Killing Floor: Incursion Review (VR) - Slaying The Horde

Killing Floor: Incursion

The Killing Floor series quickly differentiated itself from other zombie shooters by offering some unique takes on the genre. The enemies, known as Zeds, were far more terrifying than the typical shambling zombie. With horrific experiments and metal jutting out from their crooked limbs and mangled bodies, it was a horrific twist on the classic design.

For the first time, Zeds come to PlayStation VR in Killing Floor: Incursion. With a full storyline, multiple modes, and co-op did the series make the jump to virtual reality intact, or should we put this Zed down with a bullet to the head? Let’s find out!

The Best of Both Worlds

Looking at Killing Floor: Incursion, it’s pretty easy to see why this game could be an amazing VR title. In its current state with all patches installed it offers both teleportation and full locomotion, the tracking works very well, and the graphics on PS4 Pro are exquisite.

Using two PlayStation Move controllers, you can move freely through the games four distinct levels. Zeds come pretty consistently, not in waves, which makes the horror feel more organic than most other wave shooters out there.

The storyline is there, but it’s not as in-depth as I would have liked. The opening establishes that you’re in some sort of simulation, which allows for a lot of fancy mechanics during gameplay. A small flying bot that accompanies you will show character portraits while they speak to you, but beyond that, your main interactions will be with enemies, not other people.

Killing Floor has never had a major focus on a single player experience, so this is a nice step forward for the series to expand its lore, but it doesn’t go as far as it could into the world the games have established.

Despite the somewhat weak story, the gameplay with two PlayStation Move controllers and full locomotion is truly spectacular. Moving around the massive environments feels great, and combat is incredibly satisfying. Guns, melee weapons, and grenades are stored on your person in various holsters.

When you’re learning the controls, you’ll probably end up dropping your guns far more often than you reload them, but they quickly appear in your holster if this happens, so frustration is kept to a minimum.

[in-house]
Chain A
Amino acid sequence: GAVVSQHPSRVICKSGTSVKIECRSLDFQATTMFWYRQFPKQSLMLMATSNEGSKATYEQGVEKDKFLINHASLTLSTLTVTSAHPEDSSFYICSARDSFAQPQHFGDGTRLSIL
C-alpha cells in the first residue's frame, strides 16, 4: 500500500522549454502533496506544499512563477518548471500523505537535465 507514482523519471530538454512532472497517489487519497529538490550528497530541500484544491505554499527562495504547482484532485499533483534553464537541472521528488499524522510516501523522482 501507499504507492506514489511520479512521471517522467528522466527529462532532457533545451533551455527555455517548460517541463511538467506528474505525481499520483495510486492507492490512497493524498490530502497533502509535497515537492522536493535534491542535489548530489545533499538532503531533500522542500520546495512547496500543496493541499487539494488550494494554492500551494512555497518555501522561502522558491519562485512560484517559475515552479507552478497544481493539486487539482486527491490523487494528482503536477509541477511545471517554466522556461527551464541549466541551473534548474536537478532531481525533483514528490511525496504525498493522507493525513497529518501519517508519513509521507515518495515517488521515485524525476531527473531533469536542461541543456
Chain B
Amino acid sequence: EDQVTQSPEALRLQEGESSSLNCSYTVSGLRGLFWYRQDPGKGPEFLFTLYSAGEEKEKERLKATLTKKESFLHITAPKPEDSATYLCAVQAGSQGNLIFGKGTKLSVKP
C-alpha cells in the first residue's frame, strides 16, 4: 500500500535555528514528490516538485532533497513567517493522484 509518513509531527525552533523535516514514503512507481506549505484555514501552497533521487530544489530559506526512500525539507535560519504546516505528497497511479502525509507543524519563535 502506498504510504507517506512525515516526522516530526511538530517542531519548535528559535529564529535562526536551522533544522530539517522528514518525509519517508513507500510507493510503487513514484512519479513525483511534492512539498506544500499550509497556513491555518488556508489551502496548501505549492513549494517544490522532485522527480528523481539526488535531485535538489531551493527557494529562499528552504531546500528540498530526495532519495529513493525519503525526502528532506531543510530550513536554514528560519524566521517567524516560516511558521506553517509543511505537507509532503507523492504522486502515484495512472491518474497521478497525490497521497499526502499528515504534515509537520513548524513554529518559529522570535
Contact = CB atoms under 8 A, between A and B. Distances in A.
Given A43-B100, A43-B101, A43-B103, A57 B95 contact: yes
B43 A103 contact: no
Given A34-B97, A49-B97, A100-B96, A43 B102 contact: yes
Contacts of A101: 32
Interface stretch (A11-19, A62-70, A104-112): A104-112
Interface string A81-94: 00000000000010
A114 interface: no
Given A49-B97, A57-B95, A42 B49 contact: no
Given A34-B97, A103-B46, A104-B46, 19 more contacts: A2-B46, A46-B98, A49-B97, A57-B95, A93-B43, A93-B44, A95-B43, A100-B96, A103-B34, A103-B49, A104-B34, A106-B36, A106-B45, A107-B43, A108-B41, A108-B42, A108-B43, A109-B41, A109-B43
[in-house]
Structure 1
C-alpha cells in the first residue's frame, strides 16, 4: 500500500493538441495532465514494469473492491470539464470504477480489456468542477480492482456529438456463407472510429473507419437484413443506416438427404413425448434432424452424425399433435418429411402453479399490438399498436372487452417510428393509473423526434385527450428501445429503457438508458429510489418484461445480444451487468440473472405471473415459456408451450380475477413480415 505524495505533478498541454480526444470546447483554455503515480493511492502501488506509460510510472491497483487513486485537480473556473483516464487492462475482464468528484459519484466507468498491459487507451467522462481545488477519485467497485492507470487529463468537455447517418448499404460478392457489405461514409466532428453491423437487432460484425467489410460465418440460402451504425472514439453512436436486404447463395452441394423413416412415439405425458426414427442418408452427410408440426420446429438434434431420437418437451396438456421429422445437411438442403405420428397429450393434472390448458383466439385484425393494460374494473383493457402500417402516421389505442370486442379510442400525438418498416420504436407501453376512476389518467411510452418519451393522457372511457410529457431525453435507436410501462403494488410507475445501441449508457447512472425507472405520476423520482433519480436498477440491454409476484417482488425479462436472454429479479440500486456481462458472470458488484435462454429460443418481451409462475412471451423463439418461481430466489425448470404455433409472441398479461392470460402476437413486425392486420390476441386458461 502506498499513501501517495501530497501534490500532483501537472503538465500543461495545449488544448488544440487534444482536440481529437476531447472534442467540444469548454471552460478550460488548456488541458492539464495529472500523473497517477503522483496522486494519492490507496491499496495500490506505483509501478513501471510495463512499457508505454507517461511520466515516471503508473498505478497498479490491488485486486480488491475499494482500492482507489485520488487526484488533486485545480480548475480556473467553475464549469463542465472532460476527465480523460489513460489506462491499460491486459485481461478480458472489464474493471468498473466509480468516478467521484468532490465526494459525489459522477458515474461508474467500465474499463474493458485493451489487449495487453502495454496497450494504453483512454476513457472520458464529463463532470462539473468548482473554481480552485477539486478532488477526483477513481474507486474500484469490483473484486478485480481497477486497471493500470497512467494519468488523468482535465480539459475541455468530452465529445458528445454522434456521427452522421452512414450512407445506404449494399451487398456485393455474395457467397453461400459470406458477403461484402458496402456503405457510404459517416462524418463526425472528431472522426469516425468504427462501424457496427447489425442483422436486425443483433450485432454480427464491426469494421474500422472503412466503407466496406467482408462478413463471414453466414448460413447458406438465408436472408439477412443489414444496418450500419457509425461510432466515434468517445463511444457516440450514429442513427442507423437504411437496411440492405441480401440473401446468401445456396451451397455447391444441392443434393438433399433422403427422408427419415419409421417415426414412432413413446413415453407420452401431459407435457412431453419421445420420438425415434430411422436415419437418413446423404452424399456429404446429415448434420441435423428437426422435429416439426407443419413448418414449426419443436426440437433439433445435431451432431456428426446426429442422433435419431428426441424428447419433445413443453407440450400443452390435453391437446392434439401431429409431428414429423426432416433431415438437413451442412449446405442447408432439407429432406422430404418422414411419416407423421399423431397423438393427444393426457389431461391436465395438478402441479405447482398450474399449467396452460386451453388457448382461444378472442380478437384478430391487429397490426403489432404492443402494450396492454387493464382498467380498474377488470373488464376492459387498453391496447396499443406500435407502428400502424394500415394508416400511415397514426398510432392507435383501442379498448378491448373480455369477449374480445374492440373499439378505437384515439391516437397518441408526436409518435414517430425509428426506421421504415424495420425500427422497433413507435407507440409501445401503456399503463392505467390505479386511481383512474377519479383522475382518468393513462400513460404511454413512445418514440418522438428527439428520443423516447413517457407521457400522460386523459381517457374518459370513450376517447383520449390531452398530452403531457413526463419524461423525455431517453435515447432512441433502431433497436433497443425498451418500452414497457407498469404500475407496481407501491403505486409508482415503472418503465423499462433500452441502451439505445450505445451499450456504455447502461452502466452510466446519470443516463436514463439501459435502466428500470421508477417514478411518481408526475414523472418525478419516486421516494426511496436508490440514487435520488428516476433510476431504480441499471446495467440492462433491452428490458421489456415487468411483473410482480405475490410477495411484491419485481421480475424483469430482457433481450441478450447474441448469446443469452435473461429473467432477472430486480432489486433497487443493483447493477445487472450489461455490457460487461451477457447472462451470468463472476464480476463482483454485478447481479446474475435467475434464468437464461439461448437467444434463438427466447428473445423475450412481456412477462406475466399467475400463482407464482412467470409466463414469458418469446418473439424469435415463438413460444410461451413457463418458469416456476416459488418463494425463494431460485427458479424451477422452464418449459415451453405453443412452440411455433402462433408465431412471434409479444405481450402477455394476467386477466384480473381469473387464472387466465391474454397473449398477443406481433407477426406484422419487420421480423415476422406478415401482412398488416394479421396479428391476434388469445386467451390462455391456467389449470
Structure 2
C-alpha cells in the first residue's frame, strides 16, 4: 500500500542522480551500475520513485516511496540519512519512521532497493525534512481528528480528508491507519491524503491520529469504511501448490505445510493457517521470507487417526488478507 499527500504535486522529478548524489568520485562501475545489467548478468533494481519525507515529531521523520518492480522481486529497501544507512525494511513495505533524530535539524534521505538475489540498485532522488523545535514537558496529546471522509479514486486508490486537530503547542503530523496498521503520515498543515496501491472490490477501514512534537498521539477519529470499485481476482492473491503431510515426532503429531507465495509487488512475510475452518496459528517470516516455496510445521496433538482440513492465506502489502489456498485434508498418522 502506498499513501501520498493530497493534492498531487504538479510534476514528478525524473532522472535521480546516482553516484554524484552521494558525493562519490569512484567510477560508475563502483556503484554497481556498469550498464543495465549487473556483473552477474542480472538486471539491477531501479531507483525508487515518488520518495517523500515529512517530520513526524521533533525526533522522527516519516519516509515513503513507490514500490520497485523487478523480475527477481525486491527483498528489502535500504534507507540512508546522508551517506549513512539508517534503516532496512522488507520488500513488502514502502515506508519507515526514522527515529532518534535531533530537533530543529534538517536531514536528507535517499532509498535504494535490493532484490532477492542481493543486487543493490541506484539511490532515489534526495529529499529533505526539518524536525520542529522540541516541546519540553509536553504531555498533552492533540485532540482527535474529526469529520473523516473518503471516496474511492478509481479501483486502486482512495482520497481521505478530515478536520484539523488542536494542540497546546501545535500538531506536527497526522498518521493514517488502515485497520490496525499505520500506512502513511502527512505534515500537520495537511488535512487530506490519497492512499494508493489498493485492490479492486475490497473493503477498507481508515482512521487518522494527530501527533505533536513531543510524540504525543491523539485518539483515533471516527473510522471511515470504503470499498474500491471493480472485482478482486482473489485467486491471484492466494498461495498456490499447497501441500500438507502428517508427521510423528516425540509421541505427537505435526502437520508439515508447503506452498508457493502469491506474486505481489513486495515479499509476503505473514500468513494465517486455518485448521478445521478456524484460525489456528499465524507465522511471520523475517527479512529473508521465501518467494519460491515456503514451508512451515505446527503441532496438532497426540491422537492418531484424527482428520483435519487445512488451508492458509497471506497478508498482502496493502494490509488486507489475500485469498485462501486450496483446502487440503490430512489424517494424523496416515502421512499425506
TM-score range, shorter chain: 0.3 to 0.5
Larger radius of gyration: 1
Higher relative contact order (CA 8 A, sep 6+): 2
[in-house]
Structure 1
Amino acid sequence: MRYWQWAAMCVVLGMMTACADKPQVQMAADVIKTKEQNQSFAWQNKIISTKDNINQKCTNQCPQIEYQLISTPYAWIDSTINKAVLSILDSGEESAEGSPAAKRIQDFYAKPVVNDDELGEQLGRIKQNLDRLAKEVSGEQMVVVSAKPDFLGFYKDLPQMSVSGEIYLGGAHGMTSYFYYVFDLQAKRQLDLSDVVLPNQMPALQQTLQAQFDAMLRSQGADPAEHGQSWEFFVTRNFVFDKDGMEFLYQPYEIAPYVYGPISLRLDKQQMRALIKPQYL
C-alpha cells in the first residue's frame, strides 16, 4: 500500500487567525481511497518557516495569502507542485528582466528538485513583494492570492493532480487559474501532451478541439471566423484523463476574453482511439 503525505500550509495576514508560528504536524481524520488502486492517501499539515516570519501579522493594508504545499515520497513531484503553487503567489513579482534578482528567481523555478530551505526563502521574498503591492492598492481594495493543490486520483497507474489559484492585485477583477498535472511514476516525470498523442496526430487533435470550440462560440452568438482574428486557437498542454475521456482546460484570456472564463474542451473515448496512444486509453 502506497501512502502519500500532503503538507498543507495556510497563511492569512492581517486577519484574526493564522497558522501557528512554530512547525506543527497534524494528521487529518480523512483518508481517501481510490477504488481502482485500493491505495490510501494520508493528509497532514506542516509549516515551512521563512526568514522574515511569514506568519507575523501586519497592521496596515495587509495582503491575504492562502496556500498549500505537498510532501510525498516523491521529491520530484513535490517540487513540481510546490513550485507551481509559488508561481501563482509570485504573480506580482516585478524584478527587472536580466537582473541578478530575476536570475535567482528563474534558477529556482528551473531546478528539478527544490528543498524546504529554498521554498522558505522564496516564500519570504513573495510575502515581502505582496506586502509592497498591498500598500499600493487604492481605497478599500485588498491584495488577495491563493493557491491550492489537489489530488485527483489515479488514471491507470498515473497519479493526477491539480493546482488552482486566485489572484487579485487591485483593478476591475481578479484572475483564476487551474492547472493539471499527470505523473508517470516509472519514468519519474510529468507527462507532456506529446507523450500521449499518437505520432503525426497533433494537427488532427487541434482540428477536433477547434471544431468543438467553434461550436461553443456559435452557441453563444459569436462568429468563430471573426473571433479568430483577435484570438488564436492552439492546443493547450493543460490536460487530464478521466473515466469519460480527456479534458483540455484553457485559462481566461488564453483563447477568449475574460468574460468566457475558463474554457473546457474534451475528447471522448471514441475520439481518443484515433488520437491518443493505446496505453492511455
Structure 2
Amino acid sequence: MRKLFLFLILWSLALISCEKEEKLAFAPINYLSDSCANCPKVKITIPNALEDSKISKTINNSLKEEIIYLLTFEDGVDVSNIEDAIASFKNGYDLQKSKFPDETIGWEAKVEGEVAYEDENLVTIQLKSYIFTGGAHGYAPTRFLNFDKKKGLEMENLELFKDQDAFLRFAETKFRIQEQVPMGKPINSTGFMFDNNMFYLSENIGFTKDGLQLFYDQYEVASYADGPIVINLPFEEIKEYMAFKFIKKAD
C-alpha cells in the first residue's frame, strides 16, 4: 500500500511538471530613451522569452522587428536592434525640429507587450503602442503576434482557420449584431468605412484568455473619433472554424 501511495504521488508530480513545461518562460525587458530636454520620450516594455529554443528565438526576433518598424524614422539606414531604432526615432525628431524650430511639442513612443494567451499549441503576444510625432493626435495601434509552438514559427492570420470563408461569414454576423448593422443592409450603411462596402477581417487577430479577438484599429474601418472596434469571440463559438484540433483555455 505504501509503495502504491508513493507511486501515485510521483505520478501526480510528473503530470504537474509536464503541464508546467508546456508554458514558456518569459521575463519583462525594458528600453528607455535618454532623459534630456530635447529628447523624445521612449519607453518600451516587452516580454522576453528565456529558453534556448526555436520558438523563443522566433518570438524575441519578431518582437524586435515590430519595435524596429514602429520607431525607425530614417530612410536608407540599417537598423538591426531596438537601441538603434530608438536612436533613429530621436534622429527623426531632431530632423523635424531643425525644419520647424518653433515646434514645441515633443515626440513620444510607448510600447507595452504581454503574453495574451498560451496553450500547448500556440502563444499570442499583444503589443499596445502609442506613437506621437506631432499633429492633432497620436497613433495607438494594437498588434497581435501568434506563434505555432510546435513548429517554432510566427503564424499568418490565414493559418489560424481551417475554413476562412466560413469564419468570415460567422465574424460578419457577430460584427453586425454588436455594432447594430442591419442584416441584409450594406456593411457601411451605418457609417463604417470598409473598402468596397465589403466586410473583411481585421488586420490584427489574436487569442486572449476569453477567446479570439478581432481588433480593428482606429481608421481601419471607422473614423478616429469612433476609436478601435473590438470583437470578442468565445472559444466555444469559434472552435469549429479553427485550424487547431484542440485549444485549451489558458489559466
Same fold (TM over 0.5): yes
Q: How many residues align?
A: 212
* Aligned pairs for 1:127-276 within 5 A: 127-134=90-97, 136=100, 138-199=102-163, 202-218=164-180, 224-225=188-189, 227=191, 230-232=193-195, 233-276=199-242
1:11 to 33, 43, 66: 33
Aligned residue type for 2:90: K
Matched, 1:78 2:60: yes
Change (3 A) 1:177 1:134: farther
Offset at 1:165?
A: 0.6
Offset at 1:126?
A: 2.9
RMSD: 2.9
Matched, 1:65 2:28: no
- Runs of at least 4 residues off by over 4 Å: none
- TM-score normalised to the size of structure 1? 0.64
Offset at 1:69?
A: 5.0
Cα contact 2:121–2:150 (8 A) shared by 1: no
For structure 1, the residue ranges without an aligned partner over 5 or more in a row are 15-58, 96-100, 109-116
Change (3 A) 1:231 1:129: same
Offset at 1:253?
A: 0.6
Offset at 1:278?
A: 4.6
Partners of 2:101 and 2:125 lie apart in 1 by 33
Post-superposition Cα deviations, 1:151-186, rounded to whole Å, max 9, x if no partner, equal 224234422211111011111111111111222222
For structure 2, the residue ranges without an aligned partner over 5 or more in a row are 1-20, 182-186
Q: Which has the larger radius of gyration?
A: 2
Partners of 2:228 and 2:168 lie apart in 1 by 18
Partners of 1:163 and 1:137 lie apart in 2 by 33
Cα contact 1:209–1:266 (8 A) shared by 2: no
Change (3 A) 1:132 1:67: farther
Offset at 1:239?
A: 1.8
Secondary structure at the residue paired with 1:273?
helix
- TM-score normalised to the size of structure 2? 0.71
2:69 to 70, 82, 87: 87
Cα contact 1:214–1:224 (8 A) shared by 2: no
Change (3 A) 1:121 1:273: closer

The robot with you can also track down ammo and health packs in the environment, which are relatively plentiful on easier difficulties. You’ll need to holster or drop your gun to pick up these packs, which is a little annoying, but completely doable as you can pick them up from a distance.

You can hold any combination of weapons or a flashlight in your hands, and there’s even an option to holster the flashlight on your person to free up your hands for two pistols or a two-handed weapon like a shotgun or assault rifle.

In true Killing Floor fashion, when you pull off a tricky shot the game goes into slow motion for a short time before returning to normal. It’s a mechanic that I loved in the original titles, and it looks absolutely amazing in VR, offering you a chance to appreciate the detailed gore in your best headshots.

Weapons like knives are stored on your back and work well for melee strikes or by throwing them at enemies. Grenades also work very well, but you must pull the pin before throwing them, a detail I really enjoyed.

You can even pick up severed limbs and use them as melee weapons, but they’re not quite as viable as other options. If there’s one thing Killing Floor: Incursion is guilty of, it’s repetition in the structure.

The campaign will take you between 4-6 hours and consists of four areas that involve killing the enemies, solving some simple puzzles related to the simulation, and fighting a boss. It starts to feel repetitive after a while, but there’s no denying that it looks and plays great.

I played both standing and sitting, and while standing was more comfortable, both worked very well. When seated it can be difficult to reach your holster, even with the option to place it on your chest. Two-handed weapons could sometimes lose track when the Move controllers are in front of each other, but the overall quality of the controls in Killing Floor: Incursion is very high.

With the option for co-op in the campaign and a separate Holdout mode for those who want and an endless parade of zombies to see how they last, Killing Floor: Incursion combines the best PSVR controls for full locomotion with the best elements of the series for a truly excellent VR experience.

Grotesque and Thick Atmosphere

Killing Floor: Incursion

Playing Killing Floor: Incursion on PS4 Pro is a real treat in PlayStation VR. The level of detail in both the world and the enemies is extremely sharp. The frame rate is buttery smooth and the slow-mo mechanic looks spectacular.

As far as immersion and sound design goes, the game also nails the atmosphere. I felt genuine dread as I stumbled through dark forests and claustrophobic corridors. While a great story would have been the cherry on top for this VR shooter, I still highly recommend that anyone looking for a polished and satisfying first-person shooter for PlayStation VR check out Killing Floor: Incursion.

Final Score: 9.0/10

A copy of Killing Floor: Incursion was provided to PS4 Experts for review purposes

Article by - Bradley Ramsey
Insert date - 6/21/18


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